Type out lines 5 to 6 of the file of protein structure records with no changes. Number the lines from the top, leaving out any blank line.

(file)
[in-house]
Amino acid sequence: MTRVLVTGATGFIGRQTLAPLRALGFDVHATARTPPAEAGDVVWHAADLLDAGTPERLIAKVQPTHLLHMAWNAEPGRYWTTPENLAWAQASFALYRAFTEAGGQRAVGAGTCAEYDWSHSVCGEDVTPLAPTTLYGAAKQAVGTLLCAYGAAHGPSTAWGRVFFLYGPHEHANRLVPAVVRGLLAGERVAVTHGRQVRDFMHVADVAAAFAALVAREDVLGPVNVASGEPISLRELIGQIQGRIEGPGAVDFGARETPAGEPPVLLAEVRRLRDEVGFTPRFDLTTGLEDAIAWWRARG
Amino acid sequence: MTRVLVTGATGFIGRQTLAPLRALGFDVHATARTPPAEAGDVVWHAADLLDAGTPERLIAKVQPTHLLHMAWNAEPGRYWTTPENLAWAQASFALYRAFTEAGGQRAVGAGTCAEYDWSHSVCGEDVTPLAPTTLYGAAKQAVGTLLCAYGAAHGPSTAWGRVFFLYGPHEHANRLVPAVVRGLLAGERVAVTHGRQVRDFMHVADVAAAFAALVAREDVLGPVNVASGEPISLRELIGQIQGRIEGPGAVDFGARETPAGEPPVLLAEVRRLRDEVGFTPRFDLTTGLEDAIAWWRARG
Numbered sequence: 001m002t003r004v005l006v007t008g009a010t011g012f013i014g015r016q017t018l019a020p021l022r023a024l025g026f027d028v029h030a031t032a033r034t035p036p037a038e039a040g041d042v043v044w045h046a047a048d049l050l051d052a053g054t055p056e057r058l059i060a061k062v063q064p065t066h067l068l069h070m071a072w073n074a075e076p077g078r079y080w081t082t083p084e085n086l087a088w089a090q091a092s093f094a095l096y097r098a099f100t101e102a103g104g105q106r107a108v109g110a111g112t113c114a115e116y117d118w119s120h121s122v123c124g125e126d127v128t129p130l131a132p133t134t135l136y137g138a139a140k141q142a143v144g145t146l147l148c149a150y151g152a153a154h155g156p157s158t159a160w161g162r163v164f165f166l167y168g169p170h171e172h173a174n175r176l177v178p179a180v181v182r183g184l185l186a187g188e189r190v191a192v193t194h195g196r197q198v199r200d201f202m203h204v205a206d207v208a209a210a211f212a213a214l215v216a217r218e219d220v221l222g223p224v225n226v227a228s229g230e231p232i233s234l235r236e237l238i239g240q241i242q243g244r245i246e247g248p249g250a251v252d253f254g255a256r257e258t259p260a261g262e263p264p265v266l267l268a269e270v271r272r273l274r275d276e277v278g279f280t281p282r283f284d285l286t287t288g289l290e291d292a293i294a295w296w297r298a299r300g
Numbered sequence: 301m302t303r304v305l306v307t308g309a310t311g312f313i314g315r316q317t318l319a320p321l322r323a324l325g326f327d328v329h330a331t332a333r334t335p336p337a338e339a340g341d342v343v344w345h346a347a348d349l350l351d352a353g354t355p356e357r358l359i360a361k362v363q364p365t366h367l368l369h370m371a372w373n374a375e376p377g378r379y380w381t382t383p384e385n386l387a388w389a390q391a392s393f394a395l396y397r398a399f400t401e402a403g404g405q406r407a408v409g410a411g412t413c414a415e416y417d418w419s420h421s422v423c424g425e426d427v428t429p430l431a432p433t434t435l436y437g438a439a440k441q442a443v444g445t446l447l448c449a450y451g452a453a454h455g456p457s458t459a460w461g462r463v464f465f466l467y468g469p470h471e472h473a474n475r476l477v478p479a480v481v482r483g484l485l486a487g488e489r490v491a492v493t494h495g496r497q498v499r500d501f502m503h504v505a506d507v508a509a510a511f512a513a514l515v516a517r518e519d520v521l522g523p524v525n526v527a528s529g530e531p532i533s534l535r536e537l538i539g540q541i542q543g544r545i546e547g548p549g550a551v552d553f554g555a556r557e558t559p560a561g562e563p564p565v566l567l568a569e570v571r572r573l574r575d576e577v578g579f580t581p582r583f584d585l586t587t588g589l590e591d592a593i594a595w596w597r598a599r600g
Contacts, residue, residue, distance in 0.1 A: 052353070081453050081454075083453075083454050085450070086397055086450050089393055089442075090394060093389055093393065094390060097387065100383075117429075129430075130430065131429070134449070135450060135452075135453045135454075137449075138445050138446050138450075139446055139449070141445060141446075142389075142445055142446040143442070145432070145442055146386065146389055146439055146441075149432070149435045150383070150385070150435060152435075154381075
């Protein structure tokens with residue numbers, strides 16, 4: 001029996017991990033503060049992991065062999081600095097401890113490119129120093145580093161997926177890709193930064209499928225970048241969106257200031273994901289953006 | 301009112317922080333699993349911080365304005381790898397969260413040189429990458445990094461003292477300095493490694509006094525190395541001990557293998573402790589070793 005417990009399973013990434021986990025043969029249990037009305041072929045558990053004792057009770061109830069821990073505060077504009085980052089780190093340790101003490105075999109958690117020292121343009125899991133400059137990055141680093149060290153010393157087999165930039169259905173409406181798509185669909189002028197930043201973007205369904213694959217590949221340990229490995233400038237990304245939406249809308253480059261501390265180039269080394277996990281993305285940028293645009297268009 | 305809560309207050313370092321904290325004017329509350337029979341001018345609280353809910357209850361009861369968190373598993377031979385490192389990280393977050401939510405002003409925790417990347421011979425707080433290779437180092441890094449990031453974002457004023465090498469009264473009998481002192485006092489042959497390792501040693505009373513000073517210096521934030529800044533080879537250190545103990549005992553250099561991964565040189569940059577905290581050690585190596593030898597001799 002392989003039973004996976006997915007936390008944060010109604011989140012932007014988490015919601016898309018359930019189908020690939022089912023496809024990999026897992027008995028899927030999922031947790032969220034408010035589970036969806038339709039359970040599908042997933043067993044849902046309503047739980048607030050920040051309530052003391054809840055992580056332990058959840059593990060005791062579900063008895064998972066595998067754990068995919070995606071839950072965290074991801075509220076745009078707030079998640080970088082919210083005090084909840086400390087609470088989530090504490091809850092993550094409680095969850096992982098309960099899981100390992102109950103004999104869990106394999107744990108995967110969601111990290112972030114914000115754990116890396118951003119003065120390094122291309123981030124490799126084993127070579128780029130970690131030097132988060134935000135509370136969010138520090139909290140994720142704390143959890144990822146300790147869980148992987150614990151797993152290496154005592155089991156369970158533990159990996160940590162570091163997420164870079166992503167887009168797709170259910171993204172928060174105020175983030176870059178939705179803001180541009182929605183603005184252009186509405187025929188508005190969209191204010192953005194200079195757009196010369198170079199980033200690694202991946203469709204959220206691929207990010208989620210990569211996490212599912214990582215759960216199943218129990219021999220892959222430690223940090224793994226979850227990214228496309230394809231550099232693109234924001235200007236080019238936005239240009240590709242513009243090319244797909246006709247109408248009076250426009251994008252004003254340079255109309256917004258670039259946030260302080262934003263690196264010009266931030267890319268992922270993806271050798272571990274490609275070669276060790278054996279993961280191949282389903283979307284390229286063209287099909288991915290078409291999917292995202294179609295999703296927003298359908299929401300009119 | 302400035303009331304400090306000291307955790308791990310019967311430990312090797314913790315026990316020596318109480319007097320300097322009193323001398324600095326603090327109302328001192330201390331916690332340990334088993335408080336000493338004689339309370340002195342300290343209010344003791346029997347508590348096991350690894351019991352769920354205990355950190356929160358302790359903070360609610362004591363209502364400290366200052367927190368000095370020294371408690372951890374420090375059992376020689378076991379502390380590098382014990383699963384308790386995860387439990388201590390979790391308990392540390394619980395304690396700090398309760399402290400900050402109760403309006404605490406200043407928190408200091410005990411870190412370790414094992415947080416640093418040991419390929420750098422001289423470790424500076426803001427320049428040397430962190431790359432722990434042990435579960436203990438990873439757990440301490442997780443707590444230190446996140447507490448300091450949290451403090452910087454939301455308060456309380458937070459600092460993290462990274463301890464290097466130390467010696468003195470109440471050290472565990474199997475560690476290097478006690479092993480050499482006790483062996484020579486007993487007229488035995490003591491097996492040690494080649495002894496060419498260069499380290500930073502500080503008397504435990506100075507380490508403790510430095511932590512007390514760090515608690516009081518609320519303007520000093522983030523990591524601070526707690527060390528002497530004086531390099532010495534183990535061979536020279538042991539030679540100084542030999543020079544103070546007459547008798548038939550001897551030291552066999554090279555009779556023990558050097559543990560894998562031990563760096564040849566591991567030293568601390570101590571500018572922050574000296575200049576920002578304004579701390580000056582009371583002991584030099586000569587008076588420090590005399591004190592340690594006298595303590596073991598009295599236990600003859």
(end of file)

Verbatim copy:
Numbered sequence: 301m302t303r304v305l306v307t308g309a310t311g312f313i314g315r316q317t318l319a320p321l322r323a324l325g326f327d328v329h330a331t332a333r334t335p336p337a338e339a340g341d342v343v344w345h346a347a348d349l350l351d352a353g354t355p356e357r358l359i360a361k362v363q364p365t366h367l368l369h370m371a372w373n374a375e376p377g378r379y380w381t382t383p384e385n386l387a388w389a390q391a392s393f394a395l396y397r398a399f400t401e402a403g404g405q406r407a408v409g410a411g412t413c414a415e416y417d418w419s420h421s422v423c424g425e426d427v428t429p430l431a432p433t434t435l436y437g438a439a440k441q442a443v444g445t446l447l448c449a450y451g452a453a454h455g456p457s458t459a460w461g462r463v464f465f466l467y468g469p470h471e472h473a474n475r476l477v478p479a480v481v482r483g484l485l486a487g488e489r490v491a492v493t494h495g496r497q498v499r500d501f502m503h504v505a506d507v508a509a510a511f512a513a514l515v516a517r518e519d520v521l522g523p524v525n526v527a528s529g530e531p532i533s534l535r536e537l538i539g540q541i542q543g544r545i546e547g548p549g550a551v552d553f554g555a556r557e558t559p560a561g562e563p564p565v566l567l568a569e570v571r572r573l574r575d576e577v578g579f580t581p582r583f584d585l586t587t588g589l590e591d592a593i594a595w596w597r598a599r600g
Contacts, residue, residue, distance in 0.1 A: 052353070081453050081454075083453075083454050085450070086397055086450050089393055089442075090394060093389055093393065094390060097387065100383075117429075129430075130430065131429070134449070135450060135452075135453045135454075137449075138445050138446050138450075139446055139449070141445060141446075142389075142445055142446040143442070145432070145442055146386065146389055146439055146441075149432070149435045150383070150385070150435060152435075154381075